All of this brings us back to that quintessential question: “Are you saved?” As Catholics, we should be able to answer with a confident and resounding “Yes!” Jesus has given me his own life and I won’t let go of it! I may be a work in progress, but, Jesus, I trust in you! Help me to keep my eyes fixed on you and prevent me from falling into anxiety and a life that seeks comfort. Please transform me from the inside out and make me into your likeness. Help me to live differently right now and to have confidence in the place you have prepared for me in heaven. Above all, Jesus, please raise me up on the last day so that I can share in your resurrected life for all of eternity. Amen! 

COMING UP: From rare books to online resources, archdiocesan library has long history of service to students

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National Library Week, observed this year from April 4 to April 10, is the perfect occasion to highlight the essential role of libraries and library staff in strengthening our communities – and our very own Cardinal Stafford Library at the Archdiocese of Denver is no exception.  

Since 1932, the library has served as a religious, intellectual, and cultural resource for seminarians and students at St. John Vianney Seminary in Denver.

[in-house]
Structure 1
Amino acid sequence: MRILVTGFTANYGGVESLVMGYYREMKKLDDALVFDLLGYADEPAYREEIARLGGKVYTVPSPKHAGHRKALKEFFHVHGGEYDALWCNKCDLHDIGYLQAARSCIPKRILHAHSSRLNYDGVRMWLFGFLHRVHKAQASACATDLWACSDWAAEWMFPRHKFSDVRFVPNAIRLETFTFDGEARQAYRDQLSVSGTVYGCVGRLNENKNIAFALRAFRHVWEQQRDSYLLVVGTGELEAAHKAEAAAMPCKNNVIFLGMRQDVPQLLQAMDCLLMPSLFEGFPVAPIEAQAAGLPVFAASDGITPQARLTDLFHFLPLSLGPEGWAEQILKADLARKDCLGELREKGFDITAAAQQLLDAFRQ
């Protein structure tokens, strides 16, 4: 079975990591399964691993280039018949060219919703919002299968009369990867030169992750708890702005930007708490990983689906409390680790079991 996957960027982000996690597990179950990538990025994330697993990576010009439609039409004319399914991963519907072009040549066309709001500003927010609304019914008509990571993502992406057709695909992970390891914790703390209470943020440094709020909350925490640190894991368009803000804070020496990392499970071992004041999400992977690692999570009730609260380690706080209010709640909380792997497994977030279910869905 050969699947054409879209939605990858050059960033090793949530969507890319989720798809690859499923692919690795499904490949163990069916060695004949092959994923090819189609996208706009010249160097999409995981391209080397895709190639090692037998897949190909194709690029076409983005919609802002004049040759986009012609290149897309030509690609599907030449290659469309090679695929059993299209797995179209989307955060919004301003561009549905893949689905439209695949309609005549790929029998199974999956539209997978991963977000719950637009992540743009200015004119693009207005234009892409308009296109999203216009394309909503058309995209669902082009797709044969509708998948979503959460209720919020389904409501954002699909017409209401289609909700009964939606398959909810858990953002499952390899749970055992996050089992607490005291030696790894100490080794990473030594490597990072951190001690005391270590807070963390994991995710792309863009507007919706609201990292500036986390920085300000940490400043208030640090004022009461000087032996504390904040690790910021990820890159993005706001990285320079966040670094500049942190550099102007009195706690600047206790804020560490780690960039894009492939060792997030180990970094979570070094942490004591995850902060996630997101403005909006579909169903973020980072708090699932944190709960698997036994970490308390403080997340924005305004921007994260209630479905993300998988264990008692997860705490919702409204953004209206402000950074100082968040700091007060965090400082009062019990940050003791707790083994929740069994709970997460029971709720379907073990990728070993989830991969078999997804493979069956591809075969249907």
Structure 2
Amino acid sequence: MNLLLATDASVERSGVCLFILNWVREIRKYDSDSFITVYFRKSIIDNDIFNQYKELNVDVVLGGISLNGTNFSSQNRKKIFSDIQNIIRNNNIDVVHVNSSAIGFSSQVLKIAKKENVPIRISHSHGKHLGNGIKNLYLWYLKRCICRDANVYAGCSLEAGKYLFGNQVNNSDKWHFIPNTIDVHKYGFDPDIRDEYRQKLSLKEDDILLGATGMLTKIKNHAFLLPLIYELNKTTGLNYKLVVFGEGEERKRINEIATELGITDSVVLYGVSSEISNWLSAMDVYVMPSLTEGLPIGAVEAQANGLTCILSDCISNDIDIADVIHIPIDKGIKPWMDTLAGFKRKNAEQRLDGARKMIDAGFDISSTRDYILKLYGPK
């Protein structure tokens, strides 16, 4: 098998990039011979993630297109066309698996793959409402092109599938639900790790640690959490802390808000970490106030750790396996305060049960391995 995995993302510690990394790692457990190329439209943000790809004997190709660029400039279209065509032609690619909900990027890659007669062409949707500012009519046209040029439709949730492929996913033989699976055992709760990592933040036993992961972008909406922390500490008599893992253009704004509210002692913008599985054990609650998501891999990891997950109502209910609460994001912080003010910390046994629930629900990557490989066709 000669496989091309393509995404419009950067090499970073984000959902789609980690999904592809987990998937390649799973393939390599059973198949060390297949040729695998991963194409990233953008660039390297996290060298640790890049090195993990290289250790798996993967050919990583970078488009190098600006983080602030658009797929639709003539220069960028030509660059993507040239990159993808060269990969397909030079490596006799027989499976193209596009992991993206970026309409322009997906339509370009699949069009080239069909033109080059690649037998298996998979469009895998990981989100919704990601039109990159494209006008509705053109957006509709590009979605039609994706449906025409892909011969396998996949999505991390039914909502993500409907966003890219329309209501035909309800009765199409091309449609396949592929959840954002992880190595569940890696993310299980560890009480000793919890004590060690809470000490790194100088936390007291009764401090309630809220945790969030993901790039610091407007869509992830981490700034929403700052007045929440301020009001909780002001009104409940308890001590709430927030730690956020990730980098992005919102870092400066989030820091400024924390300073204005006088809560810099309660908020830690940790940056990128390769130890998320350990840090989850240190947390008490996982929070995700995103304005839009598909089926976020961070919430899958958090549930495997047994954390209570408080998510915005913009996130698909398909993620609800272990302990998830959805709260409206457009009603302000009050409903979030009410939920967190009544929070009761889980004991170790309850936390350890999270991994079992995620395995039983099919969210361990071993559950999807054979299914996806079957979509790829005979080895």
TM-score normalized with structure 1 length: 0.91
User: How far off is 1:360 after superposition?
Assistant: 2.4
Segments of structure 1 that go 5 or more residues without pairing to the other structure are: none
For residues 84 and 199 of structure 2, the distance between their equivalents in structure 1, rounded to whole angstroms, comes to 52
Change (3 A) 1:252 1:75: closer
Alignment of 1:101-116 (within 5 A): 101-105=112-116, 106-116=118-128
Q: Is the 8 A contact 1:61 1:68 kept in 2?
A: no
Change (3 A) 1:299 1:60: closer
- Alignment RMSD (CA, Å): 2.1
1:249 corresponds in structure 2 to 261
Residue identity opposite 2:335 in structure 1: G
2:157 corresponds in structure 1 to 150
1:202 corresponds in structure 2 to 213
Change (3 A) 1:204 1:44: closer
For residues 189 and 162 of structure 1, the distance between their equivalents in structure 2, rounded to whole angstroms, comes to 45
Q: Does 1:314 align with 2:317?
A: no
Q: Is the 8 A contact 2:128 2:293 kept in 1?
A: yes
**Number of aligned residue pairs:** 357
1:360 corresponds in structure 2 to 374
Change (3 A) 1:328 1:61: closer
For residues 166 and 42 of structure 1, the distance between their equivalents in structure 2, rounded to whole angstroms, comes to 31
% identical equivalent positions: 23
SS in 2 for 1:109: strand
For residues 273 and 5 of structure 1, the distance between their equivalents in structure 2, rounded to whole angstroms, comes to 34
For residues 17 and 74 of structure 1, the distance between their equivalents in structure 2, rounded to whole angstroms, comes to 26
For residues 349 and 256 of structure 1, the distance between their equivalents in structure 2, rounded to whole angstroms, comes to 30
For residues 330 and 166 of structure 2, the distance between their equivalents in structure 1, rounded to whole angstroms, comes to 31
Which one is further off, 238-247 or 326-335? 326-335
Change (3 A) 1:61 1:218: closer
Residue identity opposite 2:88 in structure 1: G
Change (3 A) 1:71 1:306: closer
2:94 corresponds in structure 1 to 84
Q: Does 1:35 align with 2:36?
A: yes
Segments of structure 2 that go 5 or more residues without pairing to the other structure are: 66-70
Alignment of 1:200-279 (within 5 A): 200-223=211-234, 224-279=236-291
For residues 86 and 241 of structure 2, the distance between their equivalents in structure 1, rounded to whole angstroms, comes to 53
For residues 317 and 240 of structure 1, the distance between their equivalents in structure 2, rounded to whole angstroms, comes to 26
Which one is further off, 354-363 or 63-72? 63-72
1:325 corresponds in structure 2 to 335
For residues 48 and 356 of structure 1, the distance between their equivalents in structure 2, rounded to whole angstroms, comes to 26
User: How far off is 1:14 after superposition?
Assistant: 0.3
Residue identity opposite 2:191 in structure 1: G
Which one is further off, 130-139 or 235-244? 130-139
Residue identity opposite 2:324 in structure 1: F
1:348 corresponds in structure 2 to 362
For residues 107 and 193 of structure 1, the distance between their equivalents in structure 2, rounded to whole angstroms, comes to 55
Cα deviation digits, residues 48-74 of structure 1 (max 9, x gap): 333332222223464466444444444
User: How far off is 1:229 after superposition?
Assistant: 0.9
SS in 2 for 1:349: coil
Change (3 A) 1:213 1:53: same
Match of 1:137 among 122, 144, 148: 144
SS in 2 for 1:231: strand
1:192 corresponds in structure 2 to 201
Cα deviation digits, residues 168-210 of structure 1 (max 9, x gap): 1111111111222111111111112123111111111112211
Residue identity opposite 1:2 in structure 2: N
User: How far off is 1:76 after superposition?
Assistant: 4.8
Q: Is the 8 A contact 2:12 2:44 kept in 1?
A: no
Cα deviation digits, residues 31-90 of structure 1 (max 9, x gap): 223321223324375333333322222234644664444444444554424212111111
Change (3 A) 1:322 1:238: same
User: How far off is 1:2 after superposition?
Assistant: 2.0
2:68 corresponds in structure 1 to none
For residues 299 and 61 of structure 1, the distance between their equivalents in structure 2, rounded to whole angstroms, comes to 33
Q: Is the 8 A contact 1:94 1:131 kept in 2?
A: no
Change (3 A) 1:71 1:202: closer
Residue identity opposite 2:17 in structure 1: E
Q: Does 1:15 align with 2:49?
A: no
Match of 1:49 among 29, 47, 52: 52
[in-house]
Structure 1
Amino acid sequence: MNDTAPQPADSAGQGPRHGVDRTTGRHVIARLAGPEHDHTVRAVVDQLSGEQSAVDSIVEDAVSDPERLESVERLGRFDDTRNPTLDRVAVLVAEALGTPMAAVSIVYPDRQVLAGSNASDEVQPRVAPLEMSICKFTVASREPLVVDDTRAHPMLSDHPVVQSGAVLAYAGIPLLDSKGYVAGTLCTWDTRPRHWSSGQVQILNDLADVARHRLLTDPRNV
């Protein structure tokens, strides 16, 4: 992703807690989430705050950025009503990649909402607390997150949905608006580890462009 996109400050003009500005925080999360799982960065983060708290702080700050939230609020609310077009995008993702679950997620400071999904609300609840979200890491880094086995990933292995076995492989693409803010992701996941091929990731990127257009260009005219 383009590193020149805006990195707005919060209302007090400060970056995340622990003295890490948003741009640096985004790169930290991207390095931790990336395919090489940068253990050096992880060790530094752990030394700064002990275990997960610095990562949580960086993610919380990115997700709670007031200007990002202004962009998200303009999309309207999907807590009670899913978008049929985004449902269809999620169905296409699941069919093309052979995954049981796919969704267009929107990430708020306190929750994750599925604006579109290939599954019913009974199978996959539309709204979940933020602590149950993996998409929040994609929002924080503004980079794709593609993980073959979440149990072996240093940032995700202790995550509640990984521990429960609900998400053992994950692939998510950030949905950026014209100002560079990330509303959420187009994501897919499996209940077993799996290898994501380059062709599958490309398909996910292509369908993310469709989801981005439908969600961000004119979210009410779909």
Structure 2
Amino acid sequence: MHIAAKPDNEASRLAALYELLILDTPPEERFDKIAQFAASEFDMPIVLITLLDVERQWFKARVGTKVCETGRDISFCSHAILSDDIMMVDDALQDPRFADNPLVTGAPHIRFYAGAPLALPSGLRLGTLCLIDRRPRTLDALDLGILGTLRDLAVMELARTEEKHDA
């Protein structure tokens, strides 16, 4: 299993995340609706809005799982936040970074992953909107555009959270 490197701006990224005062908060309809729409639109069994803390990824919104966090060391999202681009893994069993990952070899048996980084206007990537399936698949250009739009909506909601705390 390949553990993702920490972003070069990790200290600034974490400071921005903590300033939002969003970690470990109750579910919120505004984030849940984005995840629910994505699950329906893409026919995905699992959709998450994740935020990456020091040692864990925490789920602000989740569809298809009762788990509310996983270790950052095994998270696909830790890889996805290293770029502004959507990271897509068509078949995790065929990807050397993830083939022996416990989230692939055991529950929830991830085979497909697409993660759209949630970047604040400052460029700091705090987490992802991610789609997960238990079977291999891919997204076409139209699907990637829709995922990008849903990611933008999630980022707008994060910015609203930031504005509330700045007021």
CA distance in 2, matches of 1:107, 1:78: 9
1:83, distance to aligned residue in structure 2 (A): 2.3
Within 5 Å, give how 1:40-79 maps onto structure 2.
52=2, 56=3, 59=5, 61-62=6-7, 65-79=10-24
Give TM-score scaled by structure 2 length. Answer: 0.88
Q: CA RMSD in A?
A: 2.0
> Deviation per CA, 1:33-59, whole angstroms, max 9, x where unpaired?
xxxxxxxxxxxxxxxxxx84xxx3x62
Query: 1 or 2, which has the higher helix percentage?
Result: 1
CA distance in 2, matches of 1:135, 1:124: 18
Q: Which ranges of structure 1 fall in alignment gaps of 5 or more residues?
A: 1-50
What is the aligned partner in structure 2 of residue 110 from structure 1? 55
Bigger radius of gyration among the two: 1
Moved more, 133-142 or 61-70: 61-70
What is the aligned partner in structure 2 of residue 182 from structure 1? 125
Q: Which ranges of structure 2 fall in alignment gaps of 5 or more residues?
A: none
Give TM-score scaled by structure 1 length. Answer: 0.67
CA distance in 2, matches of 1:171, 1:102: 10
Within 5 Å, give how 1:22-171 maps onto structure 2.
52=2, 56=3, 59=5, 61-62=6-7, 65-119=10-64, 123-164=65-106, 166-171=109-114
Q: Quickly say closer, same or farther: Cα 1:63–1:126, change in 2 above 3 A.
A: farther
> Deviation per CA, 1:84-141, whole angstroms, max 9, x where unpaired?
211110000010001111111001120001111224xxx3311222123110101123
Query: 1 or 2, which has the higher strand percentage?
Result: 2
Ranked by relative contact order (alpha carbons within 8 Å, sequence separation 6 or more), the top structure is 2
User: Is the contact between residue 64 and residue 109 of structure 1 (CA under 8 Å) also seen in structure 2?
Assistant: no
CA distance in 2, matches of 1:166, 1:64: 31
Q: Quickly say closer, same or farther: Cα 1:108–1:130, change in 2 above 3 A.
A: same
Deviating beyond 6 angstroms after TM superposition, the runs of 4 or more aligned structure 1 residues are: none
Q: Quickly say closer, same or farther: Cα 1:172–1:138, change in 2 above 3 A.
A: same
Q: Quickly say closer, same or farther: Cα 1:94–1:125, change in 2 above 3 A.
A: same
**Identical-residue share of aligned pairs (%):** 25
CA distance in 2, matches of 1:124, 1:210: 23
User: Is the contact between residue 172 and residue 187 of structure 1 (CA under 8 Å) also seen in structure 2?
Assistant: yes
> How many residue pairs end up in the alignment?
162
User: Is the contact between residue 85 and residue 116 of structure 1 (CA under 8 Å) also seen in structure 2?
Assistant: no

As the library of the seminary, we are always responsible for the four dimensions of the priestly formation of our seminarians. The library is charged with being responsible to all the divisions of the Seminary: the Lay Division (Catholic Biblical School and Catholic Catechetical School), the Permanent Deacon Formation Division, and the Priestly Formation Division, said Stephen Sweeney, Library Director. 

In addition to being one of the main resources to the seminary, the Cardinal Stafford Library serves the needs of other educational programs in the Archdiocese of Denver, including the St. Francis School for Deacons, the Biblical School, the Catechetical School and the Augustine Institute. While the library is currently closed to the public due to the COVID-19 pandemic, it was previously open to anyone, giving people access to more than 150,000 books, audios, and videos. 

The Cardinal Stafford Library was named after Cardinal J. Francis Stafford, Apostolic Penitentiary at the Vatican and former Archbishop of Denver from 1986 to 1996. He was a dedicated advocate of the library and of Catholic education.